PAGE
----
Alas, I did not win a copy of the book, but I went searching for it at my library. And there it was, in all its audio book glory. I put myself on the waitlist and hoped my turn would come up before the end of the year.

My turn did come up. And I’m happy to say it was worth the wait.

From Amazon:

Plotted in secret, launched in the dark, John Brown’s raid on Harpers Ferry was a pivotal moment in U.S. history. But few Americans know the true story of the men and women who launched a desperate strike at the slaveholding South. Now, Midnight Rising portrays Brown’s uprising in vivid color, revealing a country on the brink of explosive conflict.

Brown, the descendant of New England Puritans, saw slavery as a sin against America’s founding principles. Unlike most abolitionists, he was willing to take up arms, and in 1859 he prepared for battle at a hideout in Maryland, joined by his teenage daughter, three of his sons, and a guerrilla band that included former slaves and a dashing spy.

On October 17, the raiders seized Harpers Ferry, stunning the nation and prompting a counterattack led by Robert E. Lee. After Brown’s capture, his defiant eloquence galvanized the North and appalled the South, which considered Brown a terrorist. The raid also helped elect Abraham Lincoln, who later began to fulfill Brown’s dream with the Emancipation Proclamation, a measure he called “a John Brown raid, on a gigantic scale.”

Tony Horwitz’s riveting book travels antebellum America to deliver both a taut historical drama and a telling portrait of a nation divided—a time that still resonates in ours.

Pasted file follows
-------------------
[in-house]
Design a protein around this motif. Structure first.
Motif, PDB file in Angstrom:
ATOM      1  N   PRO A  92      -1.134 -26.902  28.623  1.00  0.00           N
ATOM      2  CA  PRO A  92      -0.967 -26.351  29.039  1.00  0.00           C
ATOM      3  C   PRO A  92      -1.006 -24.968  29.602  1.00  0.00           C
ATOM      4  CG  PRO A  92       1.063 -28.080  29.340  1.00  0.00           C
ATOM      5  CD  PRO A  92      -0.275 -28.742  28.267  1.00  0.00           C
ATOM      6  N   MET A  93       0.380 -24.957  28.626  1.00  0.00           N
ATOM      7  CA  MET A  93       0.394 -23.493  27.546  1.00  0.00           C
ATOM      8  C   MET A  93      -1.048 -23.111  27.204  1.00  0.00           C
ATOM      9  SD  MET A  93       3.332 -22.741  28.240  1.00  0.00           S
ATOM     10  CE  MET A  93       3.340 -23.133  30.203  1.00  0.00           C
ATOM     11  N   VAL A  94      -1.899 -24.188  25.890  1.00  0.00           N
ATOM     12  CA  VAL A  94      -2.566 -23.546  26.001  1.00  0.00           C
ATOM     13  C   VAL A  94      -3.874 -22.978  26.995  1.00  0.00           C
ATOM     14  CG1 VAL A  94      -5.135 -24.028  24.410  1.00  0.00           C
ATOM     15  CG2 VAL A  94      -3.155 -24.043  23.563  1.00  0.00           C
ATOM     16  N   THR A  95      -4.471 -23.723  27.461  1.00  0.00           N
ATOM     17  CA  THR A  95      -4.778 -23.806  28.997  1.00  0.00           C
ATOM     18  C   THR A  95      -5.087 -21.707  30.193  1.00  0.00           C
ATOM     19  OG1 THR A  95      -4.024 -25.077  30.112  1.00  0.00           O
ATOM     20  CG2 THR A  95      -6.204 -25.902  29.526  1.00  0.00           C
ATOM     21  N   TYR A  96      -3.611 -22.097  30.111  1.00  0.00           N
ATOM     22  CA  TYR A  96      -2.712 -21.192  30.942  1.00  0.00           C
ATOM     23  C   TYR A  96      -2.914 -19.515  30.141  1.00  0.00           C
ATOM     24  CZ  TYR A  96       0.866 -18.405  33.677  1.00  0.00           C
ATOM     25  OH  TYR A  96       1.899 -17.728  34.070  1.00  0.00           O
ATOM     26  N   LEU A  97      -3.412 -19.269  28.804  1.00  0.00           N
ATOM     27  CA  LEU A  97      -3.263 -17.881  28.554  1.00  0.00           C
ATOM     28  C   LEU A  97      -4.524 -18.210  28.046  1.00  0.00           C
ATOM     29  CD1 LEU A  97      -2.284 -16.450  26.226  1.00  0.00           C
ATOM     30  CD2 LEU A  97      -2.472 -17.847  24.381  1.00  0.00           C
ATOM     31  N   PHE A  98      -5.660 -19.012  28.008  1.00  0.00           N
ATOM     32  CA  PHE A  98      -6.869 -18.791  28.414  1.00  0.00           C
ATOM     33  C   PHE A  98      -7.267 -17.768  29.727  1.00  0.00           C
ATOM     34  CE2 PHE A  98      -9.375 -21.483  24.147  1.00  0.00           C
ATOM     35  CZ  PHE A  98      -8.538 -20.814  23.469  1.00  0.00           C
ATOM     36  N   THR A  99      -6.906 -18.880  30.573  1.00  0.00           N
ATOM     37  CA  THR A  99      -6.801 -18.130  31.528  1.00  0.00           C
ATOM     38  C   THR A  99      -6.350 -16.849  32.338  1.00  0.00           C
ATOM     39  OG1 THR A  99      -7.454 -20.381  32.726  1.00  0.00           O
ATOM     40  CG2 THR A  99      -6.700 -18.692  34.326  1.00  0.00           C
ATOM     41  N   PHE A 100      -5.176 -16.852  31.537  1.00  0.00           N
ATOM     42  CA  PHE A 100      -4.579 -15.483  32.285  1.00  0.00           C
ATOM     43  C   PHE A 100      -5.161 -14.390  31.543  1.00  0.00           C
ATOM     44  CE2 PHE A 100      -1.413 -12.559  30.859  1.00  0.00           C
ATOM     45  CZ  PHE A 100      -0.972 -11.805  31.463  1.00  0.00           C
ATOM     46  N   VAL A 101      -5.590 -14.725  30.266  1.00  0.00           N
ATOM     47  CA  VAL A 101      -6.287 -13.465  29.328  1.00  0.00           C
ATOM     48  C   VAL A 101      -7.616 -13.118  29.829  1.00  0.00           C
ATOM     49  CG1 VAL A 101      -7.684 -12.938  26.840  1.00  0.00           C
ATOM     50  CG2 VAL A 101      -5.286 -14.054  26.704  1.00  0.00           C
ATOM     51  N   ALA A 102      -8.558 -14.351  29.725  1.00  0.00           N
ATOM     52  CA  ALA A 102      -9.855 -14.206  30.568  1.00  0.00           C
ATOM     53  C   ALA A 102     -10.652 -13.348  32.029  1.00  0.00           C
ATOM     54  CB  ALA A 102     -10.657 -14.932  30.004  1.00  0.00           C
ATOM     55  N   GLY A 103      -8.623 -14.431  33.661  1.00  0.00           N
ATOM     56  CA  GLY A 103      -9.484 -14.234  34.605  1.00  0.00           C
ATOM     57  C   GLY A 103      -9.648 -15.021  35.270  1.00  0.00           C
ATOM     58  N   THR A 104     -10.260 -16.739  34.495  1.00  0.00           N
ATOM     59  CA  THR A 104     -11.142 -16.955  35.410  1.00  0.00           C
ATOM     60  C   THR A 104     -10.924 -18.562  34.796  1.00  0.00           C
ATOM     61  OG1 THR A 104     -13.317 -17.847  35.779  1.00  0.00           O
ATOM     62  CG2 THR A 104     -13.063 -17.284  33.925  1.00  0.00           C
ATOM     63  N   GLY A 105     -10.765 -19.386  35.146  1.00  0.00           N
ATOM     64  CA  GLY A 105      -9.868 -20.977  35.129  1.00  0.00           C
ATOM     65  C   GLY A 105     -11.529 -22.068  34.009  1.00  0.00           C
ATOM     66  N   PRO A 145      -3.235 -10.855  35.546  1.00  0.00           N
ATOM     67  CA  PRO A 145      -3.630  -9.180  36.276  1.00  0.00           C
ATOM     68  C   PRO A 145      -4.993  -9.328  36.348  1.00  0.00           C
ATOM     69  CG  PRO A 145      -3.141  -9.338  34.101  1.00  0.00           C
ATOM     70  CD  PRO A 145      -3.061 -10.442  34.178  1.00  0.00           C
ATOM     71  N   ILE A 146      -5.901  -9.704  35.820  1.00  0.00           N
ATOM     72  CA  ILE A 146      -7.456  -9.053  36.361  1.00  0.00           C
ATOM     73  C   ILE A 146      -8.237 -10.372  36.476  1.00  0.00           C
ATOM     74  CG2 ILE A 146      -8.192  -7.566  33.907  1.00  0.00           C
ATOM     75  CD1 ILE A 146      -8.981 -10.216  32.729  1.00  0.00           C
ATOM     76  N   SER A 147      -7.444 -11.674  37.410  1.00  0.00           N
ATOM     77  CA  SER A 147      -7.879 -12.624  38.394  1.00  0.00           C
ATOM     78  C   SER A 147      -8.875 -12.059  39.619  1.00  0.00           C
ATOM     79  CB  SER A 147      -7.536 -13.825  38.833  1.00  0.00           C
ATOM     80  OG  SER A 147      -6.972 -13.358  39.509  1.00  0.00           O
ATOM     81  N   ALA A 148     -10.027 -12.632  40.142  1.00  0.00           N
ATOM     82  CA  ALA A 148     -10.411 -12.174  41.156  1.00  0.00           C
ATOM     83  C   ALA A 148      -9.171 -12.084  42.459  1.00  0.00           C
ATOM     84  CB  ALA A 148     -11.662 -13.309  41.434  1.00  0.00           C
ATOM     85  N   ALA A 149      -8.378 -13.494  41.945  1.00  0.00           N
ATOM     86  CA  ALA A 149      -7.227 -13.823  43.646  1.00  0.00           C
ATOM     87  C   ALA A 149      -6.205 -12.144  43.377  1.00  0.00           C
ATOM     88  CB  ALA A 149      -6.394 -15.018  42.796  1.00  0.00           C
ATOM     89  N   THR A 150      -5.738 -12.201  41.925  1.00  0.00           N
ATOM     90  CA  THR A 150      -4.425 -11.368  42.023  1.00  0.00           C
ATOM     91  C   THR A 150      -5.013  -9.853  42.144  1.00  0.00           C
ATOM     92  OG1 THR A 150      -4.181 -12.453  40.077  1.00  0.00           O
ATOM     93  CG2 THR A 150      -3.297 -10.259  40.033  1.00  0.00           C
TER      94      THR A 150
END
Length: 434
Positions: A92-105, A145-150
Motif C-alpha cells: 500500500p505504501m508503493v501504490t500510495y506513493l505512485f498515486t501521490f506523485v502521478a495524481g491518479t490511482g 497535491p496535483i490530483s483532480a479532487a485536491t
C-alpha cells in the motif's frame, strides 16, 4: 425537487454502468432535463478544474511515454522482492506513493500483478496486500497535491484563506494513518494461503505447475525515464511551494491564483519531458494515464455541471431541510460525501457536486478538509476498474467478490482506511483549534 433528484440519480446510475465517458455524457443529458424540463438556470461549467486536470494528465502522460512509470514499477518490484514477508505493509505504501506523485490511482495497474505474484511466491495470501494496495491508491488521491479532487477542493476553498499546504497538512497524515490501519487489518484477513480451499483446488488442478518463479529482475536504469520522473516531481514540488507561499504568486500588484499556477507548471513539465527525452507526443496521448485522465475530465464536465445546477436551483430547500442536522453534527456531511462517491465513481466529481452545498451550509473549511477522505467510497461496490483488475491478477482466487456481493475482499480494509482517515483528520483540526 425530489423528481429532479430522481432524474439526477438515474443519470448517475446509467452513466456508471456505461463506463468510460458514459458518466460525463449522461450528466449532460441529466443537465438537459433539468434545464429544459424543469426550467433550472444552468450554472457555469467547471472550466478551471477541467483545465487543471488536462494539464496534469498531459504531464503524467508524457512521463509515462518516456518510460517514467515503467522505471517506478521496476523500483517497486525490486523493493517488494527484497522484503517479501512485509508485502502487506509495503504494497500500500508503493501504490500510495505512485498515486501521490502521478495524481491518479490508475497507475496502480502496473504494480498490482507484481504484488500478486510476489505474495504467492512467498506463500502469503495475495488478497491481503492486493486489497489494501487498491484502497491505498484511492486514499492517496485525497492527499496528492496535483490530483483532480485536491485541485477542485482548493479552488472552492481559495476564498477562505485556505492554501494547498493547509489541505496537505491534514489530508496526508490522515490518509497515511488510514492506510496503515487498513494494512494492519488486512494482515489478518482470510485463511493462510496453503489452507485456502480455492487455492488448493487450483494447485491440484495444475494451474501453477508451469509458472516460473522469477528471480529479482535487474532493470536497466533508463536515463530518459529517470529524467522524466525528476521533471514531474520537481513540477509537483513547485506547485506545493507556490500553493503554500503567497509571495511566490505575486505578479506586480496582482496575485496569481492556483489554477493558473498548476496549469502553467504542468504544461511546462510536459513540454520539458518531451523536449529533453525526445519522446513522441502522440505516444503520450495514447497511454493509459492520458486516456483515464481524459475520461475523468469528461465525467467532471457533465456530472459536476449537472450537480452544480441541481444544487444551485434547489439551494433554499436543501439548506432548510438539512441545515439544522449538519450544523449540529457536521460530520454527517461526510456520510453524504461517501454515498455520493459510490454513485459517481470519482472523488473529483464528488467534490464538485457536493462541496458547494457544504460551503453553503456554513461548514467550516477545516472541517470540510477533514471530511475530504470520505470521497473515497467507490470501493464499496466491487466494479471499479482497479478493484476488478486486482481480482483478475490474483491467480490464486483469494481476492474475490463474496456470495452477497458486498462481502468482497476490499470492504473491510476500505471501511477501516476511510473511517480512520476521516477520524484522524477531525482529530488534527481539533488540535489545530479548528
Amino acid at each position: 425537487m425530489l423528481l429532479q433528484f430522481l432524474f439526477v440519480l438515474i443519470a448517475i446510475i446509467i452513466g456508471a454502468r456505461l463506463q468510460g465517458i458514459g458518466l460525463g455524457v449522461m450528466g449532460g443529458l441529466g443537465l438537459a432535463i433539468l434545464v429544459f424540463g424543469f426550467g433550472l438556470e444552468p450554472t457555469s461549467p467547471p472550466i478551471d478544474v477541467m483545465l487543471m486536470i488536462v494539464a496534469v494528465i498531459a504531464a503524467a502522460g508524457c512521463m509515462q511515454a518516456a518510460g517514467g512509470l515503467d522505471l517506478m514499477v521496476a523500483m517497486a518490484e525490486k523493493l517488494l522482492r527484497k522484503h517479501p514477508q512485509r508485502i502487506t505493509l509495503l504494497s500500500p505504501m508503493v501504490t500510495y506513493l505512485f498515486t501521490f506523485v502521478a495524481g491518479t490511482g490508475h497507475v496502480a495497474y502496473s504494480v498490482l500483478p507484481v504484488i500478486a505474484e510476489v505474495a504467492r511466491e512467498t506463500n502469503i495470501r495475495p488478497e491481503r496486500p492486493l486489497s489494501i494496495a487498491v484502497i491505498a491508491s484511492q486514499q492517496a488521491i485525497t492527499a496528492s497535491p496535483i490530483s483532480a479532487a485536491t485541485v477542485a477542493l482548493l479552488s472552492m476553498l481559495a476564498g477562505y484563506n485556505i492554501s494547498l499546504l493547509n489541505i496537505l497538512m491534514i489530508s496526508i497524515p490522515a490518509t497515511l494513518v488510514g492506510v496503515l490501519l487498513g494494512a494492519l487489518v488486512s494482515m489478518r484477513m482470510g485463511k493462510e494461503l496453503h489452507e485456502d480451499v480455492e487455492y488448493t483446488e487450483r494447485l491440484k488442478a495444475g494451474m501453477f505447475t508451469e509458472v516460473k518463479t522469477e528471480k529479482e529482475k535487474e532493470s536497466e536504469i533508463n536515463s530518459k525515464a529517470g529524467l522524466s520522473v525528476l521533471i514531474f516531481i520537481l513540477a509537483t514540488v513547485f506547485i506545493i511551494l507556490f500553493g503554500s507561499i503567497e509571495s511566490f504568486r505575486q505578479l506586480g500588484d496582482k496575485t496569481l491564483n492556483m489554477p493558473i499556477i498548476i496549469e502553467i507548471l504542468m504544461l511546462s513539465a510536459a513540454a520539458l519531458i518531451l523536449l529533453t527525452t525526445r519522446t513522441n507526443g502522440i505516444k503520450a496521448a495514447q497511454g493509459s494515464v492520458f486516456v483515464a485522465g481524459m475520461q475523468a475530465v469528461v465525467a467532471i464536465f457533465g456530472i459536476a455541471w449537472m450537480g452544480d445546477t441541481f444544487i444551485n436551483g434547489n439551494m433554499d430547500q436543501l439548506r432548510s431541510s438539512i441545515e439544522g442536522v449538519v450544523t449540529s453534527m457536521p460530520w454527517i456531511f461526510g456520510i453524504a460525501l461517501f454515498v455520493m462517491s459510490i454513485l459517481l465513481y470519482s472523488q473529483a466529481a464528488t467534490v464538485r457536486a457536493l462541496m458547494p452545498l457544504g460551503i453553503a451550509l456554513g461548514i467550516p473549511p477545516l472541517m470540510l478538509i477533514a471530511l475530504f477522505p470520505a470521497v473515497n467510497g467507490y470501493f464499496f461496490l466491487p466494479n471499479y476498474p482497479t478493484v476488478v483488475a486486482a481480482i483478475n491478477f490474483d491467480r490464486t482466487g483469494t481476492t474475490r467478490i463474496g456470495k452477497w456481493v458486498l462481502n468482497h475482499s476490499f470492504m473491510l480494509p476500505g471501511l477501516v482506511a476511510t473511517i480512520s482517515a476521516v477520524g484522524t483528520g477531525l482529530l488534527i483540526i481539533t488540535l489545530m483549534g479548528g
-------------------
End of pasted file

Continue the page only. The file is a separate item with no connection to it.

The book covers John Brown’s life and provides enough information on those around him (of both personal and historic importance) that I came away with a better understanding of this single-minded man and the time in which he lived.

While I enjoyed the entire book, the section that covers the raid and the summer build-up to it were especially interesting. I was particularly taken by Annie Brown and the summer she spent in the company of her father and his men at the Kennedy farm in Maryland (not far from Harpers Ferry).

Annie and her sister-in-law Mary (wife of John’s son Oliver) spent the summer at the Kennedy farm as camouflage, to help make it look like a real working farm–because a group of men doing nothing but moving and hiding large crates looks suspicious.

I really enjoyed the camaraderie as described by the author between Annie and the men at Kennedy farm. There are hints (or at least, the author speculates) that among those killed at Harpers Ferry was a young man Annie had fallen in love with. (And there’s a novel in there, I’m sure. It ends tragically, of course.)

The above illustrates what I enjoyed about the book. The narrative is rich with historical detail, while at the same time, makes for compelling reading.

In all, Midnight Rising: John Brown and the Raid That Sparked the Civil War by Tony Horwitz is a detailed and fascinating look at a very important event in US history. I highly recommend it.